Dark Socks

One of my favorite quotes from The Simpsons is when Lisa says, “I learned that beneath my goody two shoes are some very dark socks.”

In my early teens, I was sent to juvie for eight months for self injurious behavior. Before that, I was a bit of a goody two shoes, compulsively following most rules I was given. But one of the first things I learned from the juvenile correctional program was that some rules are made to be broken. By my third day there, I learned that I had to break the rules in order to poop.

One of the rules there was that we were required to shower every day. My first shower was prompted by someone saying, “You, shower now.” I did as I was told, and when I stepped out of the bathroom 15 minutes later, I was met by my enraged peers, closing in on me like a pack of angry dogs. By occupying the bathroom for more than ten minutes, I had apparently communicated that I’d decided I was more important than anyone else there.

The next day when it was my turn in the bathroom, I spent about five minutes on the toilet before hopping in for a quick shower. I got out, dried my head enough to put in my hearing aids, and vacated the bathroom in just under ten minutes. This time, everyone looked at me with disgust, like I had shit on my face or something. I got in trouble for being unsanitary because I had spent less than five minutes in the shower.

The day after that, I tried to poop faster, but I couldn’t. I stopped in the middle to go turn on the shower so I wouldn’t get in trouble again. When I finished on the toilet, I had just enough time to wet my hair so people would believe I’d showered. It worked. I didn’t get in trouble.

I began to see the dark socks peeking out from beneath my goody two shoes. I learned to feign showers regularly so I could poop in the toilet without getting in trouble for being selfish or unsanitary. It makes almost as much sense as sending me to juvie to punish me for punishing myself.

Not Smoking

Whenever I take the train, I bring a painting respirator with me. It’s the only place I wait around outside under “no smoking” signs, so I know I’m almost guaranteed to have people blowing cigarette smoke in my face. Tobacco smoke makes me sick, and dust masks don’t keep it out. When I wear a breathing mask, some people blow smoke in my face intentionally. When that happens, a dust mask will actually trap the cigarette smoke in and make things much worse. I love how my painting respirator protects me from tobacco smoke, even if people are blowing it right in my face.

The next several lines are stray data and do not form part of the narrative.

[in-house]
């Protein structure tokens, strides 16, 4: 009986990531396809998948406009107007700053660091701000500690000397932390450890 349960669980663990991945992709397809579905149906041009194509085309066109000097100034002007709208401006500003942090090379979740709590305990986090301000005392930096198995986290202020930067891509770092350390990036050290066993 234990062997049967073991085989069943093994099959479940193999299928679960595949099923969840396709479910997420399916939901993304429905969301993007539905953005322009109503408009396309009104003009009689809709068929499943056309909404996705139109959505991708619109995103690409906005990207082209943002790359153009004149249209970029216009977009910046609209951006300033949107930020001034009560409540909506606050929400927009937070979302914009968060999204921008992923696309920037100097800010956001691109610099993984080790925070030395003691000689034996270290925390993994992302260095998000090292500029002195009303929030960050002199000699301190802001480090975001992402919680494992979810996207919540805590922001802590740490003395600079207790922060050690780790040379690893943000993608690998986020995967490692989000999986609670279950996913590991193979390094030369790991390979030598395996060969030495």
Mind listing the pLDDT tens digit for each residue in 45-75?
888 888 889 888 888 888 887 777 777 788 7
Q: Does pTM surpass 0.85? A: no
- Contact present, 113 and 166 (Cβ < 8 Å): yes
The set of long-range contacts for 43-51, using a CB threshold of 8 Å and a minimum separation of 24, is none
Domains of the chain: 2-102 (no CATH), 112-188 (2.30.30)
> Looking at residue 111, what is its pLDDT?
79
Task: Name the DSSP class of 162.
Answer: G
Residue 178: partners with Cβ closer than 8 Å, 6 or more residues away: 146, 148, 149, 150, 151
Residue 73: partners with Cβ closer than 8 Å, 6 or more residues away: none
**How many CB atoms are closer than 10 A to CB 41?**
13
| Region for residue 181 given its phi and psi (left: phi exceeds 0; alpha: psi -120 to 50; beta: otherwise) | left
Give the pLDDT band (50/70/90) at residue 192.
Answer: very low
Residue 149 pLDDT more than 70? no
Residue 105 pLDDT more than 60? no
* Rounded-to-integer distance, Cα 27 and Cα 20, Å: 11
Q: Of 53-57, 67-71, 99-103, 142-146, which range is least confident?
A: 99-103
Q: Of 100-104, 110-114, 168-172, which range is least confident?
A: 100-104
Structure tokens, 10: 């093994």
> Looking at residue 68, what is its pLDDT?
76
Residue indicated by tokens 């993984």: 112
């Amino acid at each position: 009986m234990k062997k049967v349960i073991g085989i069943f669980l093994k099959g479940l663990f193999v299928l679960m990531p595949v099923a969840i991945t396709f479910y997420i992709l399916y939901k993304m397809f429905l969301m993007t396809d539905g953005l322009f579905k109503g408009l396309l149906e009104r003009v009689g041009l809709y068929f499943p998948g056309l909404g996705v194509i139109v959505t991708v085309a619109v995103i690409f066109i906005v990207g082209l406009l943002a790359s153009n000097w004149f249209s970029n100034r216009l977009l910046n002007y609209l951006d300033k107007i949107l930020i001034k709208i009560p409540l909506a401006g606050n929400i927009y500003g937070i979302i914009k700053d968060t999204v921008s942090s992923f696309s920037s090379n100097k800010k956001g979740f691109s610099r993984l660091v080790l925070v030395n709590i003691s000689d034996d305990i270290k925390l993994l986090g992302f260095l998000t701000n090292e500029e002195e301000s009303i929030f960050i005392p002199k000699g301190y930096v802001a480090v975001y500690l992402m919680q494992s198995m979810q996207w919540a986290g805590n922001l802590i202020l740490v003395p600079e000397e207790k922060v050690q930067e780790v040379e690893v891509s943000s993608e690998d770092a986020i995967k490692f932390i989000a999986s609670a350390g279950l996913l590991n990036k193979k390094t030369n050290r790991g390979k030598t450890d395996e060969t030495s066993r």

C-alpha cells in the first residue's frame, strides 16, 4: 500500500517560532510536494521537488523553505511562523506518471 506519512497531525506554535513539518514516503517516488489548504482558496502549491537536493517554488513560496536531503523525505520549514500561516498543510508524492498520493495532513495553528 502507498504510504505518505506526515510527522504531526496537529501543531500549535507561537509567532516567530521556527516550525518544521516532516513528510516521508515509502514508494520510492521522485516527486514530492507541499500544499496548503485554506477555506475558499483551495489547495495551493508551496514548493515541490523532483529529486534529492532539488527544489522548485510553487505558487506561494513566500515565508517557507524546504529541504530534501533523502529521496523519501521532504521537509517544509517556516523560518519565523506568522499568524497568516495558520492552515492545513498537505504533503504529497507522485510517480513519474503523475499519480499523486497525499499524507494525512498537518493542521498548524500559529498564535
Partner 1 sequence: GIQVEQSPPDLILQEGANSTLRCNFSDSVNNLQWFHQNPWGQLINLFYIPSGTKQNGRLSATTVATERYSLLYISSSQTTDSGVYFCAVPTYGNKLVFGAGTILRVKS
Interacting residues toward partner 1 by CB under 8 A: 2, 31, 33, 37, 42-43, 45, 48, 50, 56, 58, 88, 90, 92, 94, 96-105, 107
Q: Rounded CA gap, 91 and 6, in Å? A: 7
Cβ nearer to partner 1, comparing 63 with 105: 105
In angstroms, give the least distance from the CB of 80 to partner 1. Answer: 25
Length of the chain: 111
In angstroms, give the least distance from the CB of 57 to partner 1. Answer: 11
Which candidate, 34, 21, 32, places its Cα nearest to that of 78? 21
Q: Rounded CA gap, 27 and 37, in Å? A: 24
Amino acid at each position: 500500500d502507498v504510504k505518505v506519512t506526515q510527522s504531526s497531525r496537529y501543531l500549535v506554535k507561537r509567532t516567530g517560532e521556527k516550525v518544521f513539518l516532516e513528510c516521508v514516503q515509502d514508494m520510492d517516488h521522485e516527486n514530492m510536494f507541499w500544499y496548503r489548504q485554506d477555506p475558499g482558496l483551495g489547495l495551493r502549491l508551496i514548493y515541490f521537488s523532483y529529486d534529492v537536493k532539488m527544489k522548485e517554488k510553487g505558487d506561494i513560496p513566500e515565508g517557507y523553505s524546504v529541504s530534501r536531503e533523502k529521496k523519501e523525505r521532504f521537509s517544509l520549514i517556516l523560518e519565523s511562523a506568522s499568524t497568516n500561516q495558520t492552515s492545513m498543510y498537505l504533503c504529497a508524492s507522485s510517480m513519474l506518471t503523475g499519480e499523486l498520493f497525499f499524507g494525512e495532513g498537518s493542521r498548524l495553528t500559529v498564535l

A few weeks ago, I got off a train where a group of people was hanging out on the platform next to an overturned shopping cart that was really in the way. One guy in the group was intentionally obstructing the flow of people getting off the train while blowing smoke into as many people’s faces as he could while we squeezed past him. I walked by with my painting respirator on, and he looked me in the eye and said, “Fuck you, white bitch.” He was obviously looking for a conflict, and kind of a turd. I wasn’t surprised, but I have some major problems with what he said.

I am comfortable with people resenting me for being white, but there was a lot more than that going on. He singled me out from the other white people because my body’s needs are different from the average human body’s needs. That’s ableist. Also, he used a misogynist insult, which triggers my gender dysphoria. But what upsets me the most is the context in which he called me a bitch. I prevented him from putting something into my body that I didn’t want there, and he responded by calling me a bitch. He was obviously an asshole, so it makes sense that his words had rape culture in them. But plenty of less objectionable people have said the same thing in similar circumstances, which is a bad pattern.

I think a lot about how white I am when I wear a painting respirator to take the train. Lots of people stare, but the worst thing I seriously worry about is having an angry smoker burn me on purpose. In the grand scheme of things, that isn’t very scary. Cigarette cherries burn at a low enough temperature that it takes at least a couple seconds of sustained contact to cause any significant injury.